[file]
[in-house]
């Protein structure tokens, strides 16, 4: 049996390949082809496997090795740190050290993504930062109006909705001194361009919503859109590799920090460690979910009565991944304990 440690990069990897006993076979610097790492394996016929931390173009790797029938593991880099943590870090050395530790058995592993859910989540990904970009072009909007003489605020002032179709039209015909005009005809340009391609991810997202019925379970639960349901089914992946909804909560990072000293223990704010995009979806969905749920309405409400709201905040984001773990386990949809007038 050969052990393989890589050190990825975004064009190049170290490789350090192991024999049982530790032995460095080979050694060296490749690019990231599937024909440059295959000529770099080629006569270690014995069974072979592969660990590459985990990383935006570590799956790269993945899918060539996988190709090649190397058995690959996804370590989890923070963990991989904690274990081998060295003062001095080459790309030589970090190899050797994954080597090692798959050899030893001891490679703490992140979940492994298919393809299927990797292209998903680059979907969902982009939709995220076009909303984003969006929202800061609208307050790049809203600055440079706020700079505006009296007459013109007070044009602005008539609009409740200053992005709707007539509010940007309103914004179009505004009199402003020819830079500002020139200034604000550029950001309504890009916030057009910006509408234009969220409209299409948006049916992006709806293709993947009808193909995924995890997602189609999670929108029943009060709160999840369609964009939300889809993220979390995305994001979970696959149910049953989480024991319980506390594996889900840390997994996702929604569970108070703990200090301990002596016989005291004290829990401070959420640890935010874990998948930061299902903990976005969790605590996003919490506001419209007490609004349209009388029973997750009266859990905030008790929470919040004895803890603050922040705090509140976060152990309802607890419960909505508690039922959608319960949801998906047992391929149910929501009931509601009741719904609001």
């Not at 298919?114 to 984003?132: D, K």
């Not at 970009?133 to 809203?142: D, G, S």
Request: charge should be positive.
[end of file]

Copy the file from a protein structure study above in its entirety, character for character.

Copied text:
[in-house]
């Protein structure tokens, strides 16, 4: 049996390949082809496997090795740190050290993504930062109006909705001194361009919503859109590799920090460690979910009565991944304990 440690990069990897006993076979610097790492394996016929931390173009790797029938593991880099943590870090050395530790058995592993859910989540990904970009072009909007003489605020002032179709039209015909005009005809340009391609991810997202019925379970639960349901089914992946909804909560990072000293223990704010995009979806969905749920309405409400709201905040984001773990386990949809007038 050969052990393989890589050190990825975004064009190049170290490789350090192991024999049982530790032995460095080979050694060296490749690019990231599937024909440059295959000529770099080629006569270690014995069974072979592969660990590459985990990383935006570590799956790269993945899918060539996988190709090649190397058995690959996804370590989890923070963990991989904690274990081998060295003062001095080459790309030589970090190899050797994954080597090692798959050899030893001891490679703490992140979940492994298919393809299927990797292209998903680059979907969902982009939709995220076009909303984003969006929202800061609208307050790049809203600055440079706020700079505006009296007459013109007070044009602005008539609009409740200053992005709707007539509010940007309103914004179009505004009199402003020819830079500002020139200034604000550029950001309504890009916030057009910006509408234009969220409209299409948006049916992006709806293709993947009808193909995924995890997602189609999670929108029943009060709160999840369609964009939300889809993220979390995305994001979970696959149910049953989480024991319980506390594996889900840390997994996702929604569970108070703990200090301990002596016989005291004290829990401070959420640890935010874990998948930061299902903990976005969790605590996003919490506001419209007490609004349209009388029973997750009266859990905030008790929470919040004895803890603050922040705090509140976060152990309802607890419960909505508690039922959608319960949801998906047992391929149910929501009931509601009741719904609001």
């Not at 298919?114 to 984003?132: D, K």
């Not at 970009?133 to 809203?142: D, G, S």
Request: charge should be positive.